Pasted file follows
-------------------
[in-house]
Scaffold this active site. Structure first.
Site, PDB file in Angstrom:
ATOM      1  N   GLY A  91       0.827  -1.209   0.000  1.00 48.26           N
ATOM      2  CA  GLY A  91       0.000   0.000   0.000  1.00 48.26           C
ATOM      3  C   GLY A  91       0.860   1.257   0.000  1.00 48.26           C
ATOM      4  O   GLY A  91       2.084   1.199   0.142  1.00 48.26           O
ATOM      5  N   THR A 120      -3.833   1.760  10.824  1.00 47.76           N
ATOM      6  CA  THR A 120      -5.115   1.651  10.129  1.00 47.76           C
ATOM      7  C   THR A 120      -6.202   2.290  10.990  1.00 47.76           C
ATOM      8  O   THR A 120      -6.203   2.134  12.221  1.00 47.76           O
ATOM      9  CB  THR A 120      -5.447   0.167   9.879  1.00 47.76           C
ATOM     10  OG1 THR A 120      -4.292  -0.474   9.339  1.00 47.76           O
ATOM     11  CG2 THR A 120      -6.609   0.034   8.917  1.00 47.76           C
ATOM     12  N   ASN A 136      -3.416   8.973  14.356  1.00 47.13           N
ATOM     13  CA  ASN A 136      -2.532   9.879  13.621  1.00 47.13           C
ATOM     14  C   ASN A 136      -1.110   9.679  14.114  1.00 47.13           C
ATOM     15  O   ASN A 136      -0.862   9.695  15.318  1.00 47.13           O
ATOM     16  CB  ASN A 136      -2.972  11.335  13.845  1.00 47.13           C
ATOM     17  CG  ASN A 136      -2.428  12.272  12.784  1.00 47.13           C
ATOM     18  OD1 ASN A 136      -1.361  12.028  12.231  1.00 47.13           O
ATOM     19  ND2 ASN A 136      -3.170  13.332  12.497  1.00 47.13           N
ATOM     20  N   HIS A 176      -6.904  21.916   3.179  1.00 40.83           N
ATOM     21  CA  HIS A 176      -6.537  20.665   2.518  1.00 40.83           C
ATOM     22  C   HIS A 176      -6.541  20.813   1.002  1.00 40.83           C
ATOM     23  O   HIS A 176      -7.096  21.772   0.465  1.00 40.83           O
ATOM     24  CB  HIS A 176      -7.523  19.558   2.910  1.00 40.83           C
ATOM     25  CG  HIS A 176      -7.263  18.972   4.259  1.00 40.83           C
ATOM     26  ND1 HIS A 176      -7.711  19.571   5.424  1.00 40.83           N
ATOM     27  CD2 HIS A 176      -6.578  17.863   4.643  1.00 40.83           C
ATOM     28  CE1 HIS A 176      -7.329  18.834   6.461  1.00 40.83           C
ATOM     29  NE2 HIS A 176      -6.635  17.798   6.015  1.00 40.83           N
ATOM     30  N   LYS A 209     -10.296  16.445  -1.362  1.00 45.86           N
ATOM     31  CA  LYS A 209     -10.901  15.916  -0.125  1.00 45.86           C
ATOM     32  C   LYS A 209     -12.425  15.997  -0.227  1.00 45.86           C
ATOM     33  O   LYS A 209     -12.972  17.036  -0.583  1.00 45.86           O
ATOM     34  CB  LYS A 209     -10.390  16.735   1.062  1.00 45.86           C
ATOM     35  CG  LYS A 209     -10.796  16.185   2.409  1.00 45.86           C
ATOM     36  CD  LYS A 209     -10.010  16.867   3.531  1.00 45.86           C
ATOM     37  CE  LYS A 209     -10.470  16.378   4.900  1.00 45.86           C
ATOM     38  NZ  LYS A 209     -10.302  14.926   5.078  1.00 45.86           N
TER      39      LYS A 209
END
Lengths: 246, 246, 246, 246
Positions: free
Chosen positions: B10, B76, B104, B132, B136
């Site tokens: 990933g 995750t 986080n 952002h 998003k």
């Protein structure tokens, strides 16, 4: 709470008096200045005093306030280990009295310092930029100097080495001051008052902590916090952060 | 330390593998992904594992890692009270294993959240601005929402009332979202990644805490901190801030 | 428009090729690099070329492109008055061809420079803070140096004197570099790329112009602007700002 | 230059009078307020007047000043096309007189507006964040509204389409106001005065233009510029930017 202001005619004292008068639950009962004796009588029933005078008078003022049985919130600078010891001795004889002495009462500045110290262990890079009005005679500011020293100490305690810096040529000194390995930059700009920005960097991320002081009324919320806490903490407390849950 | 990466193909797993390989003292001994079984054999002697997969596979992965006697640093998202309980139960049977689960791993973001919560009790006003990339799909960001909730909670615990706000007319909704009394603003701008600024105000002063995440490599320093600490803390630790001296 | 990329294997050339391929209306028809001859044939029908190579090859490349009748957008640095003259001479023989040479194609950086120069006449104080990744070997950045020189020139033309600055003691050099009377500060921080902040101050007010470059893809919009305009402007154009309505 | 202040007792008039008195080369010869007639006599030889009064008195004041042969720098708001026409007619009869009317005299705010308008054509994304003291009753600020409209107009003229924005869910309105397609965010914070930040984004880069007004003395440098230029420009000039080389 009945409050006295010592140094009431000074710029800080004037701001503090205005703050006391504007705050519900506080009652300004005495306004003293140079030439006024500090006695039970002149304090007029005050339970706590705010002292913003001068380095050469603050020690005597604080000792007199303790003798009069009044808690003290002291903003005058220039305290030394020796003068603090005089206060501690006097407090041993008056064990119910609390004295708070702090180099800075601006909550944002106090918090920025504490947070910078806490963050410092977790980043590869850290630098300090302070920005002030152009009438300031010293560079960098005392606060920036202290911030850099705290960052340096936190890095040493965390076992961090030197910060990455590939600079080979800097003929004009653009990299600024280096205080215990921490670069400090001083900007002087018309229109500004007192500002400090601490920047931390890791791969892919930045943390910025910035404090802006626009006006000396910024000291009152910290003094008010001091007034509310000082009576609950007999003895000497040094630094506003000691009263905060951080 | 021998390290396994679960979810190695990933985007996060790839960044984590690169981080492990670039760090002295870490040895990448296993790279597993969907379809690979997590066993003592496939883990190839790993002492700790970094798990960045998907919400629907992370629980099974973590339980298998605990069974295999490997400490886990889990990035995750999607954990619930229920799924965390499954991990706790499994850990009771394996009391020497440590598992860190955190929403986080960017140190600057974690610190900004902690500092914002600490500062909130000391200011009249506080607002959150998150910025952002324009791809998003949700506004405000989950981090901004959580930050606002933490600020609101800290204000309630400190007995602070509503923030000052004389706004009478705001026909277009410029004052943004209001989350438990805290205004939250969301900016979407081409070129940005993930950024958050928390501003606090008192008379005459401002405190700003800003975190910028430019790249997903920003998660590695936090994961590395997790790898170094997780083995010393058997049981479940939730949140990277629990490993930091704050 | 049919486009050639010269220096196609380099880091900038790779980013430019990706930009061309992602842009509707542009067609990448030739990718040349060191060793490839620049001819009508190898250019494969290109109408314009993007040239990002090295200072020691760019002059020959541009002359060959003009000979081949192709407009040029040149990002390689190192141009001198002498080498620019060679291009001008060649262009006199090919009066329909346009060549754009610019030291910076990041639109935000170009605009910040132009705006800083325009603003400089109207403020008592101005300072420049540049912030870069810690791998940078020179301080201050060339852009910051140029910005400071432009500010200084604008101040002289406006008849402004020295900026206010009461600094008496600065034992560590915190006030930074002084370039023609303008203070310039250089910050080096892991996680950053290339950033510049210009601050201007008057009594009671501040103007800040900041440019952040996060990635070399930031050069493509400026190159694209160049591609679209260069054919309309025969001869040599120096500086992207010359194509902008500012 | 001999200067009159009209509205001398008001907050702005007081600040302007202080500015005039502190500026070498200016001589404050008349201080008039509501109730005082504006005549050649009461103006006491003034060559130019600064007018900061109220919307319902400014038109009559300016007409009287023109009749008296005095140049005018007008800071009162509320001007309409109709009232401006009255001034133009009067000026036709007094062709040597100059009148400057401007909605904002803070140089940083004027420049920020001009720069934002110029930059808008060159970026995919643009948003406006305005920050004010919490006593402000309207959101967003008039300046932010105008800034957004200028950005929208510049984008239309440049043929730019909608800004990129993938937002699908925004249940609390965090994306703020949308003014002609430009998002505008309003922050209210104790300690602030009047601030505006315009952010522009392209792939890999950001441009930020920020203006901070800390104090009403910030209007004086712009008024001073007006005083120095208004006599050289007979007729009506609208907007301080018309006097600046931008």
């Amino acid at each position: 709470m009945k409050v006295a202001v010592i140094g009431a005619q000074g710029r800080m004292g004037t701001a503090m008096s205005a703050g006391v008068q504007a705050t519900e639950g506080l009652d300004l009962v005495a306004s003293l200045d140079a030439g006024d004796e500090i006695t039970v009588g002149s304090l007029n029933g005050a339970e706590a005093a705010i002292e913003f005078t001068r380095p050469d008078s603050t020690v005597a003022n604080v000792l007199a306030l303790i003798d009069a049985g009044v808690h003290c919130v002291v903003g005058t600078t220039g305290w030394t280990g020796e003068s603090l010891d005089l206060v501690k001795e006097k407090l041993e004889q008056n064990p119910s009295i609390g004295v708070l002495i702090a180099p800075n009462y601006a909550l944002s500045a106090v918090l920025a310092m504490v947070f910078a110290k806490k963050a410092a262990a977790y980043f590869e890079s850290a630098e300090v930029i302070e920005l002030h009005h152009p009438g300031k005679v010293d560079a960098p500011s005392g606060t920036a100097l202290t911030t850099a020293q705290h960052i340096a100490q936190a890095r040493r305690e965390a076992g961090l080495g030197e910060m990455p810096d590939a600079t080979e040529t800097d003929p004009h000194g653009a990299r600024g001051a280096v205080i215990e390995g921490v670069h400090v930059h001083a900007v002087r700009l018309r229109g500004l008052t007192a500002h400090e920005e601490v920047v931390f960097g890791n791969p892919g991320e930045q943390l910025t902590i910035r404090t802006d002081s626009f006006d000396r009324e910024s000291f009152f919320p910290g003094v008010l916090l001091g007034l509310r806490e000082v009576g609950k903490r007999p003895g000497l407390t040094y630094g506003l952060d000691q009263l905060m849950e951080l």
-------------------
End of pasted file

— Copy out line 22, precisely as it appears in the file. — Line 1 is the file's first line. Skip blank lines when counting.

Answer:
ATOM     19  ND2 ASN A 136      -3.170  13.332  12.497  1.00 47.13           N